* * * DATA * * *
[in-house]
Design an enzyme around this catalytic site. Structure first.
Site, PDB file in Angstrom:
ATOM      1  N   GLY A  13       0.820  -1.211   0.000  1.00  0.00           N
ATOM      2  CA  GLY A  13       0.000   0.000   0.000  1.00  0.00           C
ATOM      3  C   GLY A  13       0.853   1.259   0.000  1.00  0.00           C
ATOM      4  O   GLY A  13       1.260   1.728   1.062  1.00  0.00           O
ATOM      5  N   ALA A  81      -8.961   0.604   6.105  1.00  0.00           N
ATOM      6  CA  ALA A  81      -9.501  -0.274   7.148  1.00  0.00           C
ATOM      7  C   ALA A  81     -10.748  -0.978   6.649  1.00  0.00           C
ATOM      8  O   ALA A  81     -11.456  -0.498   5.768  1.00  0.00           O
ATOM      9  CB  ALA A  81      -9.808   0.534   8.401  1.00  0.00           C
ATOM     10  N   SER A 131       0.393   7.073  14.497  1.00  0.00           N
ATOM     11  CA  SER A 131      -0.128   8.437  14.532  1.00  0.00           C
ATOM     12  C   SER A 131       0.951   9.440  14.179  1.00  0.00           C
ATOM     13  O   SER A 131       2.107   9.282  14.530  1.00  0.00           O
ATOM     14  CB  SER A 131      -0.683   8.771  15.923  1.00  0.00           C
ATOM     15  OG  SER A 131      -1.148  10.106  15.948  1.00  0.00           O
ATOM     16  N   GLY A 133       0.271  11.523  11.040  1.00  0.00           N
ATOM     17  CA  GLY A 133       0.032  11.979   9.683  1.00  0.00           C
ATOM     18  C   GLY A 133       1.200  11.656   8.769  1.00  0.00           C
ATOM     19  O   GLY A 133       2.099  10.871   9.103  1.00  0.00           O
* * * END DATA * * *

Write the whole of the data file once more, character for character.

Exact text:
[in-house]
Design an enzyme around this catalytic site. Structure first.
Site, PDB file in Angstrom:
ATOM      1  N   GLY A  13       0.820  -1.211   0.000  1.00  0.00           N
ATOM      2  CA  GLY A  13       0.000   0.000   0.000  1.00  0.00           C
ATOM      3  C   GLY A  13       0.853   1.259   0.000  1.00  0.00           C
ATOM      4  O   GLY A  13       1.260   1.728   1.062  1.00  0.00           O
ATOM      5  N   ALA A  81      -8.961   0.604   6.105  1.00  0.00           N
ATOM      6  CA  ALA A  81      -9.501  -0.274   7.148  1.00  0.00           C
ATOM      7  C   ALA A  81     -10.748  -0.978   6.649  1.00  0.00           C
ATOM      8  O   ALA A  81     -11.456  -0.498   5.768  1.00  0.00           O
ATOM      9  CB  ALA A  81      -9.808   0.534   8.401  1.00  0.00           C
ATOM     10  N   SER A 131       0.393   7.073  14.497  1.00  0.00           N
ATOM     11  CA  SER A 131      -0.128   8.437  14.532  1.00  0.00           C
ATOM     12  C   SER A 131       0.951   9.440  14.179  1.00  0.00           C
ATOM     13  O   SER A 131       2.107   9.282  14.530  1.00  0.00           O
ATOM     14  CB  SER A 131      -0.683   8.771  15.923  1.00  0.00           C
ATOM     15  OG  SER A 131      -1.148  10.106  15.948  1.00  0.00           O
ATOM     16  N   GLY A 133       0.271  11.523  11.040  1.00  0.00           N
ATOM     17  CA  GLY A 133       0.032  11.979   9.683  1.00  0.00           C
ATOM     18  C   GLY A 133       1.200  11.656   8.769  1.00  0.00           C
ATOM     19  O   GLY A 133       2.099  10.871   9.103  1.00  0.00           O